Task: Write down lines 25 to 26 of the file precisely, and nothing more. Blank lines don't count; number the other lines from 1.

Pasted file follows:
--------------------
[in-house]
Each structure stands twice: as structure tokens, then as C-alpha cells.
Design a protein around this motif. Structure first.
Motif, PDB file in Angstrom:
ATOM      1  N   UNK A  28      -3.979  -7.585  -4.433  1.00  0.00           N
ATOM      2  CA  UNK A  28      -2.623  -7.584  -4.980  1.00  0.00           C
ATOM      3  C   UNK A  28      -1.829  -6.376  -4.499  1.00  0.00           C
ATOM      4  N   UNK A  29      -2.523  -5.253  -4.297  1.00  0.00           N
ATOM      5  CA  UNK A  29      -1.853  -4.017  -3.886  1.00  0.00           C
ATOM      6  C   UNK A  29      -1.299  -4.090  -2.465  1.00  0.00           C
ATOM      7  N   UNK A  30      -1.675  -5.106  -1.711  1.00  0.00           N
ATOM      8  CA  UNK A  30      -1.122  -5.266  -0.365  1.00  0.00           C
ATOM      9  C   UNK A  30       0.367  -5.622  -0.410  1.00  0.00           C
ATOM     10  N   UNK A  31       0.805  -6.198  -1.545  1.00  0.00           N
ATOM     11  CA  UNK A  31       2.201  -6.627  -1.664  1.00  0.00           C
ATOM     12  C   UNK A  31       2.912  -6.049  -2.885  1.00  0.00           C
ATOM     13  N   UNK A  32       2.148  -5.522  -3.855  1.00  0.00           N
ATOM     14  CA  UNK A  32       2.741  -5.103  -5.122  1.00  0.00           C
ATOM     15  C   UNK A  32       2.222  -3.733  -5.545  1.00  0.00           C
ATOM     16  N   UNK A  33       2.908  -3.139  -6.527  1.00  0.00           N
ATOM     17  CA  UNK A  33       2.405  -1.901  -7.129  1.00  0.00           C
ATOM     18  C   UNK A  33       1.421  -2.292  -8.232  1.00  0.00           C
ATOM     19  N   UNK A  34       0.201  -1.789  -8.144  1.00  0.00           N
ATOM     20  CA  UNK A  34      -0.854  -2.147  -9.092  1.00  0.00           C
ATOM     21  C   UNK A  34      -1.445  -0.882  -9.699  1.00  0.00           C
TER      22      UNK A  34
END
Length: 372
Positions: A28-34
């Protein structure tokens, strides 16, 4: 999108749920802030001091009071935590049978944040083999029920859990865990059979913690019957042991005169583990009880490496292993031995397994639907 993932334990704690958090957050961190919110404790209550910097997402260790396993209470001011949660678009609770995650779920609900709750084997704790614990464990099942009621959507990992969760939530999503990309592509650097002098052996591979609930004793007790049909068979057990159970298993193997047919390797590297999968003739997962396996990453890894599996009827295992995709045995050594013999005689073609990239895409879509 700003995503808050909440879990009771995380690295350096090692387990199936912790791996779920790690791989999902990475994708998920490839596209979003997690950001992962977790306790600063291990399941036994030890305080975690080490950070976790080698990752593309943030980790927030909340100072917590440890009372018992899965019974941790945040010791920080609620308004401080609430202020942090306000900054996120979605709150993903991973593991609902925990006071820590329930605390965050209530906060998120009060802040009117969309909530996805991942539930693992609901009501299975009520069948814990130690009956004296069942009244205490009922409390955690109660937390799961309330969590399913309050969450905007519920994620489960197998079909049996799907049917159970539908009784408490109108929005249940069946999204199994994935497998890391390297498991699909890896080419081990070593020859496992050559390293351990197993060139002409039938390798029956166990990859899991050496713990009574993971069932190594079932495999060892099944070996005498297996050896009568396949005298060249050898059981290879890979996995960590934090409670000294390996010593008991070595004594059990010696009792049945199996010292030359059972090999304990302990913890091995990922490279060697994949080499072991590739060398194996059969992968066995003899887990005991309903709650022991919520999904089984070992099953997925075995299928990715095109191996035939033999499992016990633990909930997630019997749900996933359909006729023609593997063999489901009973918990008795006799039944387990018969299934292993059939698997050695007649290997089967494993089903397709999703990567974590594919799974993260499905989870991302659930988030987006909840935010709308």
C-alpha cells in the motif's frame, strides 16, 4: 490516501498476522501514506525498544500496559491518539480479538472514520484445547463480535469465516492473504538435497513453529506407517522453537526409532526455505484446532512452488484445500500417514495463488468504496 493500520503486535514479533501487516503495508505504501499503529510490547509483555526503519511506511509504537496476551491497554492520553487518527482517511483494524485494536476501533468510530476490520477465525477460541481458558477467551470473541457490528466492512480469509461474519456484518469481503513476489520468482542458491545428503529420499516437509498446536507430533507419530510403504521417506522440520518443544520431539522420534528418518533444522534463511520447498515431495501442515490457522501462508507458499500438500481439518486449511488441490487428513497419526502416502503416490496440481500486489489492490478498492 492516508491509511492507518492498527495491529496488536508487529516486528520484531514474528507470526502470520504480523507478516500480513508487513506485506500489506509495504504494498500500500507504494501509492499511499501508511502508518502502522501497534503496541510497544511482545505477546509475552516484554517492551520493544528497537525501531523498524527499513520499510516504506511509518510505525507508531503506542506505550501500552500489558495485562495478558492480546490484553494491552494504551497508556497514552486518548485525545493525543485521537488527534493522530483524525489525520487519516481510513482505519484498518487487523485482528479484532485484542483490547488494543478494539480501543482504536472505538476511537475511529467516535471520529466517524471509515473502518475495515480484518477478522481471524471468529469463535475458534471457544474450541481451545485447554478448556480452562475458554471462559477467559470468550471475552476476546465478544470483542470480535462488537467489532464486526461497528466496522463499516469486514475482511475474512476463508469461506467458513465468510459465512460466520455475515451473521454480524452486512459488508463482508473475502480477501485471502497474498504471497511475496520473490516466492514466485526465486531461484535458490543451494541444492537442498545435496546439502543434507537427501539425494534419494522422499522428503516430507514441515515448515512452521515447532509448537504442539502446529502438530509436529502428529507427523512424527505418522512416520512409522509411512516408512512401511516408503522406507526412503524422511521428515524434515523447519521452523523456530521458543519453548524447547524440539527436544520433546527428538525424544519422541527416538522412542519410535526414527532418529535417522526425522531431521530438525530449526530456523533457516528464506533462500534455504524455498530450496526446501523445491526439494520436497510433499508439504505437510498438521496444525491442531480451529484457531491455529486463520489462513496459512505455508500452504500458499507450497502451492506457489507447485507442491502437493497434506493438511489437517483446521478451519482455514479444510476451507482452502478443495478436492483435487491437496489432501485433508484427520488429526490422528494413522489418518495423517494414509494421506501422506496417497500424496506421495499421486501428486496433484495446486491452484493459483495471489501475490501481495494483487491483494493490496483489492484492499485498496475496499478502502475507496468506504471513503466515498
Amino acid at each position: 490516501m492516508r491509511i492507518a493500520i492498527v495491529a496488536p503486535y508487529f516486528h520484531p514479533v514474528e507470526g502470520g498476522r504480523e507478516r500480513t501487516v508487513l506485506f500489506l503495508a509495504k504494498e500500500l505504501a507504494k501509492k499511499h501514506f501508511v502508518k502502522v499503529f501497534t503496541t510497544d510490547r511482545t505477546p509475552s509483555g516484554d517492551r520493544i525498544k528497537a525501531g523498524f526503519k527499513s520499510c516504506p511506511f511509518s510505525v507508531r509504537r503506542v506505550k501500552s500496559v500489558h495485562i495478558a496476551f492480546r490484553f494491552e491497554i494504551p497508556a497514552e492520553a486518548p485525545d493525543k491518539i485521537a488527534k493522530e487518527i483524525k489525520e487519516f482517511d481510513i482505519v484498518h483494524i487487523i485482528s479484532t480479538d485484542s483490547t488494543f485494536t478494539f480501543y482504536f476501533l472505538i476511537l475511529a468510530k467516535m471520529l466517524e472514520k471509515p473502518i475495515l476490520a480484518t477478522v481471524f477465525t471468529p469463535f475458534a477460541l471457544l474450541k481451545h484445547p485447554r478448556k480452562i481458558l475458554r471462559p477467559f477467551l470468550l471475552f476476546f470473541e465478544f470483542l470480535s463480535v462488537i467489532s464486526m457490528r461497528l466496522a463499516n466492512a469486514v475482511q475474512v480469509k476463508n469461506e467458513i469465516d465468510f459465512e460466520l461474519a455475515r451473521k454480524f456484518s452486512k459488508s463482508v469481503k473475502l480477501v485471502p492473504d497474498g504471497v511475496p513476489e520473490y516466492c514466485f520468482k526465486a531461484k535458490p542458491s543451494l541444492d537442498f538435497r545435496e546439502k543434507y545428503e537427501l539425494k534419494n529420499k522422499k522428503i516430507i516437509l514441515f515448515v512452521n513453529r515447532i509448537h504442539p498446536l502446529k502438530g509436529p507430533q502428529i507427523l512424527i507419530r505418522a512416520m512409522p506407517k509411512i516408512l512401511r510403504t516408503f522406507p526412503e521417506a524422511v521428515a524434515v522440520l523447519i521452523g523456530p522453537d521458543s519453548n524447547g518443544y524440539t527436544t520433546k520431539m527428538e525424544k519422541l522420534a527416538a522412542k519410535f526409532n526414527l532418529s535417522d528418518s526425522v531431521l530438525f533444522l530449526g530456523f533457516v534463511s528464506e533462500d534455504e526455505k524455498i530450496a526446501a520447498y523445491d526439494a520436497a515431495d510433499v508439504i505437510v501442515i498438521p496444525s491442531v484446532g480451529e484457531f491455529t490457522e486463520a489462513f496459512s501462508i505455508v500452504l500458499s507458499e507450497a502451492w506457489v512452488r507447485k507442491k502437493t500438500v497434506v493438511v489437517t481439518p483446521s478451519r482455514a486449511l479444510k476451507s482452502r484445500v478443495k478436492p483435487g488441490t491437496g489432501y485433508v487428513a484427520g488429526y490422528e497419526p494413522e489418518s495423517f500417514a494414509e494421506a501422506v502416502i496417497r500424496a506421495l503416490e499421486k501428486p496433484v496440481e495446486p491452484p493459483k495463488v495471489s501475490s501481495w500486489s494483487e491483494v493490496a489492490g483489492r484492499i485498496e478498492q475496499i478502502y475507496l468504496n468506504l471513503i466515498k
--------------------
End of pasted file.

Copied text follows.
ATOM     21  C   UNK A  34      -1.445  -0.882  -9.699  1.00  0.00           C
TER      22      UNK A  34